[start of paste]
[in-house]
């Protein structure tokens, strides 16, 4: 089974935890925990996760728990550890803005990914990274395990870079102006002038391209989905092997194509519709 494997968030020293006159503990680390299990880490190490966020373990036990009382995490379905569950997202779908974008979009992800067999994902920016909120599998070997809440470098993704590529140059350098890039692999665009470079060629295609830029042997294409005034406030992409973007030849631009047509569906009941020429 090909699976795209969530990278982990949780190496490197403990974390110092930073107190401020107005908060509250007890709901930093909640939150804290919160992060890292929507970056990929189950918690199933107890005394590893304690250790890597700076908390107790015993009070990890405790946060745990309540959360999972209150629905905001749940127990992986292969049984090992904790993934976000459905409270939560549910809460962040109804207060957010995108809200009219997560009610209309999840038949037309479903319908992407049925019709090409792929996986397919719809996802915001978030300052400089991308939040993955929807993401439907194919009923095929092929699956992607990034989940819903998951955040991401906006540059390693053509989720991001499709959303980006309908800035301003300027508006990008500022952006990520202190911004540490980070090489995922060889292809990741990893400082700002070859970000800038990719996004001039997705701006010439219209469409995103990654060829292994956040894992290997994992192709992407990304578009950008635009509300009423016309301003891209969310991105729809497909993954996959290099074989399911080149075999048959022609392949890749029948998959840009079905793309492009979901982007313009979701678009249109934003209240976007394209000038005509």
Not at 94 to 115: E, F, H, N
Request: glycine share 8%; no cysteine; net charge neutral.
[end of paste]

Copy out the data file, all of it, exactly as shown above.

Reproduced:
[in-house]
């Protein structure tokens, strides 16, 4: 089974935890925990996760728990550890803005990914990274395990870079102006002038391209989905092997194509519709 494997968030020293006159503990680390299990880490190490966020373990036990009382995490379905569950997202779908974008979009992800067999994902920016909120599998070997809440470098993704590529140059350098890039692999665009470079060629295609830029042997294409005034406030992409973007030849631009047509569906009941020429 090909699976795209969530990278982990949780190496490197403990974390110092930073107190401020107005908060509250007890709901930093909640939150804290919160992060890292929507970056990929189950918690199933107890005394590893304690250790890597700076908390107790015993009070990890405790946060745990309540959360999972209150629905905001749940127990992986292969049984090992904790993934976000459905409270939560549910809460962040109804207060957010995108809200009219997560009610209309999840038949037309479903319908992407049925019709090409792929996986397919719809996802915001978030300052400089991308939040993955929807993401439907194919009923095929092929699956992607990034989940819903998951955040991401906006540059390693053509989720991001499709959303980006309908800035301003300027508006990008500022952006990520202190911004540490980070090489995922060889292809990741990893400082700002070859970000800038990719996004001039997705701006010439219209469409995103990654060829292994956040894992290997994992192709992407990304578009950008635009509300009423016309301003891209969310991105729809497909993954996959290099074989399911080149075999048959022609392949890749029948998959840009079905793309492009979901982007313009979701678009249109934003209240976007394209000038005509």
Not at 94 to 115: E, F, H, N
Request: glycine share 8%; no cysteine; net charge neutral.